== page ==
Zanu PF slammed over NPRC Bill
By Jeffrey Muvundusi
Human rights activists here have blasted government for being insincere in the implementation of the National Peace and Reconciliation Commission (NPRC).
This comes as the minister of State in Vice President Phelekezela Mphoko’s office, Tabitha Kanengoni, withdrew the NPRC Commission Bill last May, in terms of Standing Order 157, prompting Parliament Speaker, Jacob Mudenda, to discharge it from the Order Paper.
The withdrawal came after civil society organisations lobbied against the Bill on constitutional reasons, mostly that it compromised the Commission’s independence and that it was not comprehensive enough to deal with Zimbabwe’s violent past.
The organisations and members of the public expressed strong opposition to the Bill during public hearings conducted by Parliament’s Justice, Legal and Parliamentary Affairs portfolio committee and the Senate thematic committees on Human Rights, Peace and Security.
“The reasons are that after receiving an adverse report on the Bill, the ministry has decided to consider those issues that were raised and then we will resubmit the Bill at a later date,” Kanengoni said.
However, civil rights activists said tabling of a replacement Bill or a new one to “operationalise” the NPRC must be regarded as a matter of utmost urgency.
They said it is unacceptable for government to regard the withdrawal of the Bill due to the adverse report as an excuse for the prolonged delay.
Speaking on the side-lines of the well-attended prayers to commemorate the victims of Gukurahundi genocide over the weekend, the activists said they had been “very disappointed” by the lethargy.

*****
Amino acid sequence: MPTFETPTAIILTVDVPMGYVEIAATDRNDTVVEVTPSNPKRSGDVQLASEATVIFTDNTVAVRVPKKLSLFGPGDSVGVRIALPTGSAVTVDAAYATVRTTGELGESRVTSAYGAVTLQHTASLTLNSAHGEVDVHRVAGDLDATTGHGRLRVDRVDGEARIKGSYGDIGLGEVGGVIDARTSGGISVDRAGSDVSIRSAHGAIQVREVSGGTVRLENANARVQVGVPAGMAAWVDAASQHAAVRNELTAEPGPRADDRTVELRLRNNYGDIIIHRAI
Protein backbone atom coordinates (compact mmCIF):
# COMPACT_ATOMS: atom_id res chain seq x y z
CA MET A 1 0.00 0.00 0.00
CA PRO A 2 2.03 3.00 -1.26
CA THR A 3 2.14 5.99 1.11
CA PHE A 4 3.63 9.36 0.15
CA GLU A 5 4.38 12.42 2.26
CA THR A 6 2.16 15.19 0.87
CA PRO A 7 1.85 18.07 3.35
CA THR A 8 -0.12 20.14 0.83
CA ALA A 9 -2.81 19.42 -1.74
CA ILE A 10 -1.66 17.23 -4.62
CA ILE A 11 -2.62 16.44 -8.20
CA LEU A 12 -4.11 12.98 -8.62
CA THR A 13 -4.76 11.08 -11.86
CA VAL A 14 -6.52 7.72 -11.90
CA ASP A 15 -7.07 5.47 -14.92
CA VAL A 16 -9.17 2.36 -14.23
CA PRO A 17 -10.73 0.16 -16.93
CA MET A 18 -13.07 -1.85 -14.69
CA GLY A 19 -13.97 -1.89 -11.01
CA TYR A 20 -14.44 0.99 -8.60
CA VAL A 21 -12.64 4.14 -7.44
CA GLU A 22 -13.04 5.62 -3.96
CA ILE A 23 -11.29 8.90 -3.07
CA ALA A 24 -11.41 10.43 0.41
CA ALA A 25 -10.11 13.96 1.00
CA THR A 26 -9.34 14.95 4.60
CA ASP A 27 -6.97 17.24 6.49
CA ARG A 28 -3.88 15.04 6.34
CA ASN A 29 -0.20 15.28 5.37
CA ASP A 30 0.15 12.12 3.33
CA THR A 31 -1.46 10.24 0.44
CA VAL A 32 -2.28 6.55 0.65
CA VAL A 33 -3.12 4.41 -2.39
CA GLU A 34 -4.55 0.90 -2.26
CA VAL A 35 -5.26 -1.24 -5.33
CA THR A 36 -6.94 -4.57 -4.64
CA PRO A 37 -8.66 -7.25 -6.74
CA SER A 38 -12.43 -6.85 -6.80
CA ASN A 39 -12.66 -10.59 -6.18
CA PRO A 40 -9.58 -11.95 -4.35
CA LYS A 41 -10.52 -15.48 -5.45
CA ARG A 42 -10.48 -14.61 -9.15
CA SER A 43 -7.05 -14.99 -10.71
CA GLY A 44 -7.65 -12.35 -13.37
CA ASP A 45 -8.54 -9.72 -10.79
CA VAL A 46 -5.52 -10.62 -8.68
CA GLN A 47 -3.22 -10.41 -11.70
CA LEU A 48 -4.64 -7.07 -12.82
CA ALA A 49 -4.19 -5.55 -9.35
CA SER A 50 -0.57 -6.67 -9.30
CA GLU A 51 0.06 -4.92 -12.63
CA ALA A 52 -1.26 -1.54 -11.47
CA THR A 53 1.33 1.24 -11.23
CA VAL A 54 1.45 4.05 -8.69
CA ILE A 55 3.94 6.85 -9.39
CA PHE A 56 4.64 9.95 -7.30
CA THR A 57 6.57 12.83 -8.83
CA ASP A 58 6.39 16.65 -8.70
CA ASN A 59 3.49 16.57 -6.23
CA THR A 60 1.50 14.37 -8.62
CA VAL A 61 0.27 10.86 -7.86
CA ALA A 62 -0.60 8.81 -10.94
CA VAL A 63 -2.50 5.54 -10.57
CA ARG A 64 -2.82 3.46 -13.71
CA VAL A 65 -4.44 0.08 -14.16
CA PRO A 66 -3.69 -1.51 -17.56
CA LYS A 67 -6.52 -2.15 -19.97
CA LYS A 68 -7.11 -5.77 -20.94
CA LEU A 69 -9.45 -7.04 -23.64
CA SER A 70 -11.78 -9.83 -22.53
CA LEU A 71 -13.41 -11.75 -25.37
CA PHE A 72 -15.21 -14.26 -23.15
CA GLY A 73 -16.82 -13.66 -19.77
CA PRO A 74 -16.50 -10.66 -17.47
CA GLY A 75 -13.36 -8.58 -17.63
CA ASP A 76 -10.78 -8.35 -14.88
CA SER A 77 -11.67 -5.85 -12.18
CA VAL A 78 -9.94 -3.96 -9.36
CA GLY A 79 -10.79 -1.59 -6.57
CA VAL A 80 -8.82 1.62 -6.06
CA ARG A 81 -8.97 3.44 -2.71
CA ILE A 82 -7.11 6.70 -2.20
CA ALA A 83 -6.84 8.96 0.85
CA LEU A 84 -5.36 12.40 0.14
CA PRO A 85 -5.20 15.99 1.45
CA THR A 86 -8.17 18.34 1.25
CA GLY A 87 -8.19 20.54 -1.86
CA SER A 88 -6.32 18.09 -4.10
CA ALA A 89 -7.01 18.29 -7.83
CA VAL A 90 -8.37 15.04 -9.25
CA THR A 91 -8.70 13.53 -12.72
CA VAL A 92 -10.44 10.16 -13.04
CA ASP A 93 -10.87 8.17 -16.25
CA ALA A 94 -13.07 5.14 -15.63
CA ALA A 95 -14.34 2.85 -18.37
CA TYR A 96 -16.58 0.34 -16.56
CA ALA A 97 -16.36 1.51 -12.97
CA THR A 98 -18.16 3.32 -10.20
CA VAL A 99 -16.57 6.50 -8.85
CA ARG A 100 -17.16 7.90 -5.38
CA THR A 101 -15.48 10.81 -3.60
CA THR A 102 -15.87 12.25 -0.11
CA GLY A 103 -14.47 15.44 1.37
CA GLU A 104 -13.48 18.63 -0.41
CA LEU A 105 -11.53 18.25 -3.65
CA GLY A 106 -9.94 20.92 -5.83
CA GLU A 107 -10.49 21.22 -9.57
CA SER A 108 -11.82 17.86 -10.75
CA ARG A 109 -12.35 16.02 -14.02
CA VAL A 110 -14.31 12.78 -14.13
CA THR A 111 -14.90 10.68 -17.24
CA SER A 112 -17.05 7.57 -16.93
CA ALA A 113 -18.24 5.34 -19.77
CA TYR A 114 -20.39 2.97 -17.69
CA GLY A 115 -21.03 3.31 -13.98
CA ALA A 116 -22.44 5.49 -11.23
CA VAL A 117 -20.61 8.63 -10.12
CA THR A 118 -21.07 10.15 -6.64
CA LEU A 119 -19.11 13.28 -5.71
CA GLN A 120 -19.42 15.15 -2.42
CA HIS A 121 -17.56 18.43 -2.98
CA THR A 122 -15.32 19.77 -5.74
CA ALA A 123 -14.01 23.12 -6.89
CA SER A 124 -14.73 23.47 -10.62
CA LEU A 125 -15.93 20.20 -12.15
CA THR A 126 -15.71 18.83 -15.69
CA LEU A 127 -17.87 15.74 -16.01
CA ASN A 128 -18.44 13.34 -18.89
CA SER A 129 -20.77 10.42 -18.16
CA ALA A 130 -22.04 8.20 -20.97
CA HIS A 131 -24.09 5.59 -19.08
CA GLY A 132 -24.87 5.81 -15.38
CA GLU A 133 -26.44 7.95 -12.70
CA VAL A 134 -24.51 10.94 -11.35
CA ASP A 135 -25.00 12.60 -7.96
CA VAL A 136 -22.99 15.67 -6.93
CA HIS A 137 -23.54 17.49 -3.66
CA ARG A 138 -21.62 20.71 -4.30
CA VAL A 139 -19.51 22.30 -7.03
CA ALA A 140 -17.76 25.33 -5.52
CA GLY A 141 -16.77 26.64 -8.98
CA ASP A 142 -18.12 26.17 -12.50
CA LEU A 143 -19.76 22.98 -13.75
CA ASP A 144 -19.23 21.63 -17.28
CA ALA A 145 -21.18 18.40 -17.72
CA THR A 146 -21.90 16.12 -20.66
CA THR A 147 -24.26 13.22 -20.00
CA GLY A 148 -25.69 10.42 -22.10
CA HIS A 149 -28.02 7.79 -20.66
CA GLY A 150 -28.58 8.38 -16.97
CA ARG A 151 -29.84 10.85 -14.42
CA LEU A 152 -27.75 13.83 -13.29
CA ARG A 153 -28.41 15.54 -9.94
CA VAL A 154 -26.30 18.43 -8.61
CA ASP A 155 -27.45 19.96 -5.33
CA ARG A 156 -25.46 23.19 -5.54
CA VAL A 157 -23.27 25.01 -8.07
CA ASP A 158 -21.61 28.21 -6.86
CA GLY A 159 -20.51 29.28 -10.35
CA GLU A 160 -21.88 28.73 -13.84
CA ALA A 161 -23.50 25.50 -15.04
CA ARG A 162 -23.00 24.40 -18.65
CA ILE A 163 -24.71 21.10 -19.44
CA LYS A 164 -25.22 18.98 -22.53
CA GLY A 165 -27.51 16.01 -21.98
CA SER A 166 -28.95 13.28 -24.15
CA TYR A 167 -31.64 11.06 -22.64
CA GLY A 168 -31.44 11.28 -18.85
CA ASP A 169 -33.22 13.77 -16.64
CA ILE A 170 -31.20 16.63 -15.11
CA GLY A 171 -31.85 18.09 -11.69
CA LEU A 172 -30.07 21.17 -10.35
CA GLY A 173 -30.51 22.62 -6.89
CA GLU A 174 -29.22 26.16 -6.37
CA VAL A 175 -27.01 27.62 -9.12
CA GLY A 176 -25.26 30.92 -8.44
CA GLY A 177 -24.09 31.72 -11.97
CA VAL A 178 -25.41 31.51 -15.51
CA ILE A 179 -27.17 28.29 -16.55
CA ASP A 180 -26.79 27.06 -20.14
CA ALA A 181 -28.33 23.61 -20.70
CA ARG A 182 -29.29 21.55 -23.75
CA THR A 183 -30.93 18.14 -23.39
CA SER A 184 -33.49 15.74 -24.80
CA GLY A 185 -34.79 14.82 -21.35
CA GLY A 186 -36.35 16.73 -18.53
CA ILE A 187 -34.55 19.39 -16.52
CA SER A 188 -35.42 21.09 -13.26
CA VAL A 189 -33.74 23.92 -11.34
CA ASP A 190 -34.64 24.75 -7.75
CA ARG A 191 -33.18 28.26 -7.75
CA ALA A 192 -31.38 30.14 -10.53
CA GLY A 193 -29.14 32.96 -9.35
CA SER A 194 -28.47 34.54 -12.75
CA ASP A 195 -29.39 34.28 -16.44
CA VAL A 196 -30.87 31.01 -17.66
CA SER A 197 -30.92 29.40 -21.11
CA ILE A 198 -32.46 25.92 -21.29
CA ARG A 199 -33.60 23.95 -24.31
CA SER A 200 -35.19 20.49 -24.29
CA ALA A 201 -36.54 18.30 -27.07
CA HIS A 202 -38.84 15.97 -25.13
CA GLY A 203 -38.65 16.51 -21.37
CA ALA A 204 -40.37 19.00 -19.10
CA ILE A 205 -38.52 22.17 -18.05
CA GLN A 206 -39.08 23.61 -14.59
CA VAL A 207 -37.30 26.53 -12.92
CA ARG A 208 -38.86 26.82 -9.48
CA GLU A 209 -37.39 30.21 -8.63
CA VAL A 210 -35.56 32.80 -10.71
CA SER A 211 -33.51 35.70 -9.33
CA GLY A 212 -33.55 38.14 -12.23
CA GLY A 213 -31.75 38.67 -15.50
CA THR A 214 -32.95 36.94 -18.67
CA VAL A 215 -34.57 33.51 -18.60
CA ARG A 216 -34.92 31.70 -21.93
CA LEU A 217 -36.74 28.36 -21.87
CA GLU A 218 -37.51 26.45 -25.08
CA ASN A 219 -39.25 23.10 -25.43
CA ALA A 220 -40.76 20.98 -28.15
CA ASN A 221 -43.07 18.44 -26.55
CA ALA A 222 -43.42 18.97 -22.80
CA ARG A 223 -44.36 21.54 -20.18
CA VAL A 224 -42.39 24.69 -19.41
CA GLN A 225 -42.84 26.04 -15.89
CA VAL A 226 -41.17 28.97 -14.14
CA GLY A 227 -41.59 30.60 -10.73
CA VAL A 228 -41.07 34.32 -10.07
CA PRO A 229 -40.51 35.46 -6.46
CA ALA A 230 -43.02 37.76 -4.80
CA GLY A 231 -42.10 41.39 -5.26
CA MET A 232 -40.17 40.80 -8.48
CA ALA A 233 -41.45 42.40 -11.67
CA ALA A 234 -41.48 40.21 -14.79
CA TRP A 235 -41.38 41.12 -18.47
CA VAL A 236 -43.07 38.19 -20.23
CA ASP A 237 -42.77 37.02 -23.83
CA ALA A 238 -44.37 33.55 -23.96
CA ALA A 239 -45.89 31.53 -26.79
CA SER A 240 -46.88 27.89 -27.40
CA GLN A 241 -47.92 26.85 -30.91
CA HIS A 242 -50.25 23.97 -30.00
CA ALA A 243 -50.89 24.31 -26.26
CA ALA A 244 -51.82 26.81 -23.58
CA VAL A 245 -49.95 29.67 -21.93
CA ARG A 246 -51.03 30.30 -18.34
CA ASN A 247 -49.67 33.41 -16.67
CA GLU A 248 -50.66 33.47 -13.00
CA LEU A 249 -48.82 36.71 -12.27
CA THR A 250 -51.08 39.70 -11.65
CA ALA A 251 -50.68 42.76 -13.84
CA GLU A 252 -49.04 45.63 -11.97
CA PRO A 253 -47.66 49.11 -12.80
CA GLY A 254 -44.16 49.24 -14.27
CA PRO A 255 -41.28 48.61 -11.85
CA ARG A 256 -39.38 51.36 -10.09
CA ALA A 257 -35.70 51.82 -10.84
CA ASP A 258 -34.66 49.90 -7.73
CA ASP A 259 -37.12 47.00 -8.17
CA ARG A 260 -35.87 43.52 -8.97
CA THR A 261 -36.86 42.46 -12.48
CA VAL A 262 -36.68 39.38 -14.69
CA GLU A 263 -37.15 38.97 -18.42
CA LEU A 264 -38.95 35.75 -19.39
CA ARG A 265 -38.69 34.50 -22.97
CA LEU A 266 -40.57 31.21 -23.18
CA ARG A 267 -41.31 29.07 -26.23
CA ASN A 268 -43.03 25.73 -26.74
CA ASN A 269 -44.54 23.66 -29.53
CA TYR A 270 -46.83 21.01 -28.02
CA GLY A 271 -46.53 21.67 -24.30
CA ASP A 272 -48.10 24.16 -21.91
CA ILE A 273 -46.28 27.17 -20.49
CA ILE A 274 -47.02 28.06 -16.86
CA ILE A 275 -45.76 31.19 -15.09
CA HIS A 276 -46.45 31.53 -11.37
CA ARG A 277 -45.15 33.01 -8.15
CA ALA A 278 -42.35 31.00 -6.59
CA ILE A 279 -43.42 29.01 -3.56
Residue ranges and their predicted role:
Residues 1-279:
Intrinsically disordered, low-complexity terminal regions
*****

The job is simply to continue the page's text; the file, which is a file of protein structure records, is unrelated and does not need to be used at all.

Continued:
Ray Motsi, from the Zimbabwe Theological College, told the Daily News: “Up to now, nothing substantial has happened since Mphoko took over. We were quite happy with the appointment of Cyril Ndebele (the late NPRC chairman), unfortunately he died, the law has gone back.
“Up to now, we really wonder why Mphoko is there because he has done virtually nothing.”
The outspoken cleric said the Commission’s establishment was now doubtful given “the clear lack of political will” on the part of Zanu PF to operationalise it.
“Civic society, churches and ordinary people need to lobby to make sure this happens because we cannot have a government in power which has a mandate but they decide on their own outside the Constitution to derail that process.
“I think that is unacceptable,” Motsi said.
Human rights activist, Gifford Sibanda, said “everything is just moving at a snail’s pace”.
“It’s clear Zanu PF is not committed to this regard. In reality there has not been any progress,” he said, adding that the minister responsible was unfit for duty.
“Mphoko came to that particular committee with an attitude that Gukurahundi was a conspiracy yet everyone knows that it was funded by the State at the instruction of the commander-in-chief.
“Zanu PF as a political party is guilty of Gukurahundi and many other post-independence violent activities. As a result, you cannot expect it to solve these problems. It’s not in their interest, that’s why they have been trying to pacify the people out of the guise of taking some action,” Sibanda said.
Former National Healing co-minister, Moses Mzila-Ndlovu, cast aspersions on the future of NPRC.
“The Commission that took over the job of the organ of the national healing will never grow wings as long as Zanu PF is in power. It does not matter how much you read into the mandate of the NPRC,” he said.
“But the fact is the attitude of Zanu PF is that it remains a lame duck, it must never fly. So… (it) will always remain a far-fetched dream.”
He further noted that the deployment of Mphoko to the national healing portfolio was a “tragic example of sabotage of internal process.” Daily News